The Navy ‘E’ Pennant-Westergard Biloxi Boat Works was recognized by the 8 th District Naval Headquarters on several occasions for its excellence in constructing naval combat vessels and oil barges with efficiency and celerity. The first kudo from the US Navy occurred in February 1942 when Frank Knox, Navy Secretary, telegrammed the management that “on this occasion of the award of a special recognition of your outstanding accomplishment in war time shipbuilding for the United States permit me to offer congratulations and profound thanks to the men and management of the plant.” The Navy ‘E’ Pennant was sparsely awarded because of its high standards. At this time, only 16 companies of the US Navy's 174 defense contractors had received the honor. Note the Navy 'E' Pennant drapped across the bow of J 858, a minesweeper, almost ready for launching into Back Bay. Workmen are preparing the dedication platform in anticipation of the future occasion.

Third Boat Launching

The first anniversary of the Japanese attack on Pearl Harbor saw Margaret Woodley Pringle, [1911-1997], wife of Victor B. Pringle, Biloxi attorney, Westergard investor and master of ceremonies at the shipyard’s public functions, christen BYMS 2055, the first of ten minesweepers built at the Westergard plant. These wooden watercraft participated in Operation Overlord, the June 1944 invasion of Normandy, by clearing the English Channel of German mines.[The Daily Herald, December 8, 1942, p. 1]

Mayor Braun appreciated

In mid-December, outgoing Mayor Louis J. Braun (1890-1951), was presented a 1941 Plymouth coupe and war bonds by James S. Love Jr., manager of the Buena Vista and White House Hotels, in appreciation for his outstanding service to the City of Biloxi during his recent term. During Braun's four years as Biloxi's Mayor the citizens saw the following accomplished: Keesler Field Biloxi Community House USO Building Westergard Boat Works a two-lane Beach Drive a new sewer and water works system and the filling-in of low lands in eastern Biloxi with channel spoil.(The Daily Herald, December 16, 1942, p. 1)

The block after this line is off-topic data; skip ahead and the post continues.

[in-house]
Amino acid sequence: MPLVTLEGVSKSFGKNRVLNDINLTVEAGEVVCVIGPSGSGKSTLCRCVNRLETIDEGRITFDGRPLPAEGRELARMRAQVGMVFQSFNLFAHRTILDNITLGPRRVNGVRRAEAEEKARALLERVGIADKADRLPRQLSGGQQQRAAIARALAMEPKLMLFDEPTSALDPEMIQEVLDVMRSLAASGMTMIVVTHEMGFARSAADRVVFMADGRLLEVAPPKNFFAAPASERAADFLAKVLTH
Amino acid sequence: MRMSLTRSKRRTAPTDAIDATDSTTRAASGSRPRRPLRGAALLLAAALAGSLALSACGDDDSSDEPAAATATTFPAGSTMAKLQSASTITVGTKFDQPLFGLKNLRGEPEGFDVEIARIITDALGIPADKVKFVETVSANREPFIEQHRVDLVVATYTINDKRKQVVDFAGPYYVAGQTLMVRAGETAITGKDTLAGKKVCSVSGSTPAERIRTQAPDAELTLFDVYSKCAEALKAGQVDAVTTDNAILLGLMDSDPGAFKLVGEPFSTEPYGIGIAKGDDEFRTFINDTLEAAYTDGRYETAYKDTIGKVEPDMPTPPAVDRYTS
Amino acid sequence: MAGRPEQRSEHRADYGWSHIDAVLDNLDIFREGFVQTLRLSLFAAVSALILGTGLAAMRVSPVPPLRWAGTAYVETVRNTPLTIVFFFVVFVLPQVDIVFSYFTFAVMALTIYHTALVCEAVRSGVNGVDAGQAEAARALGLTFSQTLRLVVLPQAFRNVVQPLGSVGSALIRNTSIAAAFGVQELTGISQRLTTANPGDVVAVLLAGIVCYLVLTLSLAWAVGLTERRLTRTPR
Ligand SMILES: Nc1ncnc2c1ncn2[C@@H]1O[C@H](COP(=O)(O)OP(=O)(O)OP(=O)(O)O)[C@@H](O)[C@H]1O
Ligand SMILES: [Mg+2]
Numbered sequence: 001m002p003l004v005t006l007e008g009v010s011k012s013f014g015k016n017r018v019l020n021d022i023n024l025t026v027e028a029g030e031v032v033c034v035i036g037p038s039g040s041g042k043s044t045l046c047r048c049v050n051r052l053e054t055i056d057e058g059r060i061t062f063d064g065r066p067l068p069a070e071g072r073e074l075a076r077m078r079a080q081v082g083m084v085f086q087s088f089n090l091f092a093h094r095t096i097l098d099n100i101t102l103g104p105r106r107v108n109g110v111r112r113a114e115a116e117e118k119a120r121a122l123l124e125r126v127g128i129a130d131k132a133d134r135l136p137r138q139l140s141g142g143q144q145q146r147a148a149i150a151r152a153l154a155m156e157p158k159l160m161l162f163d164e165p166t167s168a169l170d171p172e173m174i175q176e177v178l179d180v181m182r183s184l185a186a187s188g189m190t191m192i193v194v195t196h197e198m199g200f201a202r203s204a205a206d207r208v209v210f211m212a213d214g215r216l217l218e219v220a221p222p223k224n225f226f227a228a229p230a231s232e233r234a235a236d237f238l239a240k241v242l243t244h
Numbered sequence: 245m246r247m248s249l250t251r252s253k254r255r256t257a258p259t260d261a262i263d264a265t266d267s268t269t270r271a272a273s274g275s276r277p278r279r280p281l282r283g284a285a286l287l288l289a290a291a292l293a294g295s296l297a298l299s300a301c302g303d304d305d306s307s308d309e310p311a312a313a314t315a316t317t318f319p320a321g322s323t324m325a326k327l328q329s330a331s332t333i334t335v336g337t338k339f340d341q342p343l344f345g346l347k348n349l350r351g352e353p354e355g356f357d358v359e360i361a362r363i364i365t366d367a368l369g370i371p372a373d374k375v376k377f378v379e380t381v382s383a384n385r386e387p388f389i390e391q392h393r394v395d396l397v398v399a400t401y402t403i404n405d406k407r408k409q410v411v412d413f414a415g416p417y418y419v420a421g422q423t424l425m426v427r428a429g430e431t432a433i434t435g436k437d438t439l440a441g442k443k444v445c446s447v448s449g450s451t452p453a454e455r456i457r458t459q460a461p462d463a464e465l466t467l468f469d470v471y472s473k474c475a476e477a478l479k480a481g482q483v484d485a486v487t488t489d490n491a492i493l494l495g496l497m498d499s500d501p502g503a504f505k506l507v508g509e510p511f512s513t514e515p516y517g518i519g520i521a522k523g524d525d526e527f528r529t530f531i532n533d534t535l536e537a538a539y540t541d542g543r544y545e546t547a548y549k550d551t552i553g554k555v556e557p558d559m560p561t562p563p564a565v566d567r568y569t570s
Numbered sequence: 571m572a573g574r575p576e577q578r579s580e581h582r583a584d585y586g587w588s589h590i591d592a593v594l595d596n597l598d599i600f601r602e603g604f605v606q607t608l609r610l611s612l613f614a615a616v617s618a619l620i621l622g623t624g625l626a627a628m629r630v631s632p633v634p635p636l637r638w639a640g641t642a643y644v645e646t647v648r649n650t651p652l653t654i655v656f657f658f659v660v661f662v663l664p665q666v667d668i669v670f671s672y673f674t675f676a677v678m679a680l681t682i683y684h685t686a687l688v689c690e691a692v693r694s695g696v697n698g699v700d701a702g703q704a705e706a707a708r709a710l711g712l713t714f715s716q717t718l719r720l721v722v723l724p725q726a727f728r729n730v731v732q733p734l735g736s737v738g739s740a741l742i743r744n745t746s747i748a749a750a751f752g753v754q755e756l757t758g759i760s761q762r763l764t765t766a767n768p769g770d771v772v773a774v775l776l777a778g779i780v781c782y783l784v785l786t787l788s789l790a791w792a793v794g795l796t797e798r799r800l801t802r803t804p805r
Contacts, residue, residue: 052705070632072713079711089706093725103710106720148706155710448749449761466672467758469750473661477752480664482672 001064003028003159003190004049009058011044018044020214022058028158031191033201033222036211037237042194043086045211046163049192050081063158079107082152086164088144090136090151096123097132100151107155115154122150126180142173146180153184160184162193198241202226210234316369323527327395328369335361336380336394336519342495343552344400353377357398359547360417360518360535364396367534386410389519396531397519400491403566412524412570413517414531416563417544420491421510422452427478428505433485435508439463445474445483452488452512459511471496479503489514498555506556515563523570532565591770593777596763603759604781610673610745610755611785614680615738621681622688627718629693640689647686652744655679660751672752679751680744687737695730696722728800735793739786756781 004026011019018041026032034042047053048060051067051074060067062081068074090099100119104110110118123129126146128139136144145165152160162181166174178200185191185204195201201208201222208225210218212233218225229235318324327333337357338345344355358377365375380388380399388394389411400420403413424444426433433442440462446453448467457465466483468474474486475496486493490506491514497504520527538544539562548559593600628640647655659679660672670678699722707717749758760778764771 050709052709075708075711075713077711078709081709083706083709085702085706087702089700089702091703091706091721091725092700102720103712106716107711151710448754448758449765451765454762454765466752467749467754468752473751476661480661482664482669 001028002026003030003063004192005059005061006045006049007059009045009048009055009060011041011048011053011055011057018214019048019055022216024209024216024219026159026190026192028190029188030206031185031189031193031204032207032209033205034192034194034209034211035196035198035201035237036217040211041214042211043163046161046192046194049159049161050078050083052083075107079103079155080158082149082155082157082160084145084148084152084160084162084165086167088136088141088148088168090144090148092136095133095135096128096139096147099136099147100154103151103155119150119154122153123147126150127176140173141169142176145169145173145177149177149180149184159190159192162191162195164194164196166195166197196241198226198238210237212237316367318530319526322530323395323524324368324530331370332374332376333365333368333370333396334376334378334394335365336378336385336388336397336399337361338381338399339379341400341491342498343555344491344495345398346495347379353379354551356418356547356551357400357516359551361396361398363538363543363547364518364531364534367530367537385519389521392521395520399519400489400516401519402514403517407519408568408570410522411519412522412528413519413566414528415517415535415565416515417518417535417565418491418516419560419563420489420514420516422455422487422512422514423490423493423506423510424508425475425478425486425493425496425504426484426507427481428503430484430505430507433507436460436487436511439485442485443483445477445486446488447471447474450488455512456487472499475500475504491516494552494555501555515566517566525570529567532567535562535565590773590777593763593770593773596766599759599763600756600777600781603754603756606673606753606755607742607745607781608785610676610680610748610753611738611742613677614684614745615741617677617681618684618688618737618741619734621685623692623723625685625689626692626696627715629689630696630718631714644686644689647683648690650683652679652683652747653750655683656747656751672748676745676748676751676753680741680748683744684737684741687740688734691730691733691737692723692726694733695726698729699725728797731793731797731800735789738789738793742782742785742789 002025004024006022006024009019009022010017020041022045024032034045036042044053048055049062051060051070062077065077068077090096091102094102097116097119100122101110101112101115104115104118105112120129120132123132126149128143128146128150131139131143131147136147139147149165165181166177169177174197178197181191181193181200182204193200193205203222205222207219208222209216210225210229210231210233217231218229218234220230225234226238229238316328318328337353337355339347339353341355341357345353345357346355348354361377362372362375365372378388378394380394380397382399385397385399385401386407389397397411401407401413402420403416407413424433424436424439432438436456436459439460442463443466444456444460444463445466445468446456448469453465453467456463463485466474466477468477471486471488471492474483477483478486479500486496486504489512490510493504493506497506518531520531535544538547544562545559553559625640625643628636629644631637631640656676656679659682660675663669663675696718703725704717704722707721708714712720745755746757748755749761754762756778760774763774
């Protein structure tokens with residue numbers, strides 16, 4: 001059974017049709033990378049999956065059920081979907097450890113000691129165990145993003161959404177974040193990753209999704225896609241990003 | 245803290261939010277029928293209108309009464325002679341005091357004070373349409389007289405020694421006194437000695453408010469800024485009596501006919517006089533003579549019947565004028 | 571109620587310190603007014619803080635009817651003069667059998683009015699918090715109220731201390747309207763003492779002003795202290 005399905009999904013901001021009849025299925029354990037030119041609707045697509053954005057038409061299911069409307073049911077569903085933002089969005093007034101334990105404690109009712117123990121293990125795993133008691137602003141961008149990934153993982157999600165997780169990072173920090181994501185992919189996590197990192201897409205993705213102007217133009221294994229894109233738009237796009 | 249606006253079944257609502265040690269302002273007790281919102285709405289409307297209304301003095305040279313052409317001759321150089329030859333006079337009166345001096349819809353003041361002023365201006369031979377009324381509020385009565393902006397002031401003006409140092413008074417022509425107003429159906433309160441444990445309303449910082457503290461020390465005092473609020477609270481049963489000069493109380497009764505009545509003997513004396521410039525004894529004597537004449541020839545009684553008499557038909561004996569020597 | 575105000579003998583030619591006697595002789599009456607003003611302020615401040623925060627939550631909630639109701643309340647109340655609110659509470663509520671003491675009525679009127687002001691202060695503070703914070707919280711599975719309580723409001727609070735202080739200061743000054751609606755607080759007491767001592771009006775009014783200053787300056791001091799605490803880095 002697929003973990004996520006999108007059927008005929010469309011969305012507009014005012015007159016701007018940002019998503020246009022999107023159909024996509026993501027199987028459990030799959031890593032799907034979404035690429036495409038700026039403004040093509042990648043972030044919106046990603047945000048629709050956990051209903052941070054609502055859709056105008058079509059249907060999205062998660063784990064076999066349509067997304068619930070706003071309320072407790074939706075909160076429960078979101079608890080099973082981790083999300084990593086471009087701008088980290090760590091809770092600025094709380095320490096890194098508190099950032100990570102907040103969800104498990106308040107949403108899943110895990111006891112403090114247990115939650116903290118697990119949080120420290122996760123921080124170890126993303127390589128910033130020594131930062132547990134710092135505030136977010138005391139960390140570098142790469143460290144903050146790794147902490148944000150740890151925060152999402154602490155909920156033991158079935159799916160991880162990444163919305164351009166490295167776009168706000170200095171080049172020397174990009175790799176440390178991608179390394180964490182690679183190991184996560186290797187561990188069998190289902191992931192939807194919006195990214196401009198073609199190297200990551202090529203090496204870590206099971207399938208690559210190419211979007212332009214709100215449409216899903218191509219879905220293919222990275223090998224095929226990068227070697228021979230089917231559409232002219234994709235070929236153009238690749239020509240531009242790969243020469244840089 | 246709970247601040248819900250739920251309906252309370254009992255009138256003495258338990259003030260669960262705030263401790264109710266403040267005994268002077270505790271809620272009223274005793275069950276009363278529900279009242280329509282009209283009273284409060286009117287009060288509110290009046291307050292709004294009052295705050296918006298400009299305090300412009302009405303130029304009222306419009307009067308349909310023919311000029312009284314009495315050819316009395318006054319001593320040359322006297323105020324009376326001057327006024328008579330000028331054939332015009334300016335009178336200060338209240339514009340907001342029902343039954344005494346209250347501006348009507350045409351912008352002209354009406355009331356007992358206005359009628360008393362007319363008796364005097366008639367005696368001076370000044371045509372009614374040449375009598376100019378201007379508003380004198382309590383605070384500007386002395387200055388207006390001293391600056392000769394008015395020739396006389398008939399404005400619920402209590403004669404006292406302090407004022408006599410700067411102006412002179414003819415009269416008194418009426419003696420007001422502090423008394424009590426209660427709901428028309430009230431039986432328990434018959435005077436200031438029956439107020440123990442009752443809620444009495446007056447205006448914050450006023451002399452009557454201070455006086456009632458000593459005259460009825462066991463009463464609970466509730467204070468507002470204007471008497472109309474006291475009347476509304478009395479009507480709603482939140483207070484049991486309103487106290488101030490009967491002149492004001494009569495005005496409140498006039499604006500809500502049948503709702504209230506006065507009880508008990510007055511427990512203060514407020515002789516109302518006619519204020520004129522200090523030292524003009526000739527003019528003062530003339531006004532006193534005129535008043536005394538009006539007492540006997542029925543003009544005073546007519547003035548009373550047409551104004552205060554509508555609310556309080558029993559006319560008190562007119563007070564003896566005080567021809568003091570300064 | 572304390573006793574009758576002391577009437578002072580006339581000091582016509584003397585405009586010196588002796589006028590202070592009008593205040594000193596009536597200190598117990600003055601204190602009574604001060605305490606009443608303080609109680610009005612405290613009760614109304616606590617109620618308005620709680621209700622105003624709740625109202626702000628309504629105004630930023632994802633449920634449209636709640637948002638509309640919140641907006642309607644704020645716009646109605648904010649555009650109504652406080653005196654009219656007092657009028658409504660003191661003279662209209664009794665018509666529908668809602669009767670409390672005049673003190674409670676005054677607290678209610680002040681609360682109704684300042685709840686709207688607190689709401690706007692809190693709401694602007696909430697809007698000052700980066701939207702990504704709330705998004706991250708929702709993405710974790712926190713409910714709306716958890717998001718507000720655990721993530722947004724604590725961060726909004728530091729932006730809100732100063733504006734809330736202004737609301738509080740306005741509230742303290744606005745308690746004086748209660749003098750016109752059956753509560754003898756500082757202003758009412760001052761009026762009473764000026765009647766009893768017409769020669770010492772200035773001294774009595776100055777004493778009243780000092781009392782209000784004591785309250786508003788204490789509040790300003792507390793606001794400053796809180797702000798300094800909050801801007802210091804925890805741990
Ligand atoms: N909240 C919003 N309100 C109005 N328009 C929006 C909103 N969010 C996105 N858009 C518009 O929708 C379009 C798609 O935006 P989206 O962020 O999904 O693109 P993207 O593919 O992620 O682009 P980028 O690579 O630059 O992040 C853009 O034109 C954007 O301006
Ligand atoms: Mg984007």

Twin Launching

Westergard experienced its first dual launch on 15 January 1943. Sponsors for the watercraft were Nell Goodman [1905-1995], spouse of Warren B. Goodman [1901-1971], and Marjorie Robertson of Chicago. She was the sister of Lt. Hugh Robertson Jr., USN.[The Daily Herald, January 16, 1943, p. 1

Minesweeper Launched and Navy ‘E’ Pennant

Westergard had its fifth minesweeper launched in early February. Victor B. Pringle, perennial master of ceremonies, proudly related to the audience that the plant again had been recognized by the US Navy for its efficiency and workmanship and presented with another US Navy ‘E’ Pennant. Helen Harvey Hubbell [1905-1989], a schoolteacher and spouse of William F. Hubbell [1902-1983], supervisor of the yards machine shop, was the honoree of the champagne bottle.[The Daily Herald, February 9, 1943, p. 1]

In mid-April 1943, a $2 million dollar boat contract was announced by Westergard’s management. The Army Engineers at Philadelphia had requested that 30 composite oil barges be built by the Biloxi yard. These vessels were utilized to transport gasoline from Texas and Louisiana refineries via the Gulf Intracoastal Waterway to Florida’s west coast where a pipeline would carry the refined products to Jacksonville. Here barges would be reloaded and deliver their hydrocarbon contents to the Atlantic seaboard via the Atlantic Intracoastal Waterway. The project required five additional boat ways and the construction would be under the aegis of the Army District Engineer at Mobile.[The Daily Herald, April 14, 1943, p. 1]

The oil barge contract called for an additional 800-feet of Back Bay frontage. The new plant would be managed by James W. Pringle and Connie Collins was named construction superintendent. [The Daily Herald, April 14, 1943, p. 1]

In addition, the Moss Point Shipyard was also awarded a US Army barge contract in April. They were asked to build 20 wooden barges, 169 feet by 34 feet with a depth of ten feet. Four new boat ways were needed as well as an additional work force of between 70 and 175 men. The shipyard had 325 men on the payroll before the new barge work was ordered.[The Daily Herald, April 17, 1943, p. 7]

USS PC 651-was the second vessel completed by Westergard Biloxi Boat Works. She was launched 14 May 1942 only 2 weeks after her sister ship, USS PC 650, slid down the ways in Back Bay. The keel was laid 14 November 1941 for this 110-foot, wooden combat vessel. The crew consisted of three officers and 25 sailors. After commissioning in August 1942 , PC 651 was given to the British Royal Navy and participated in D-Day, the Allied invasion of France in June 1944 .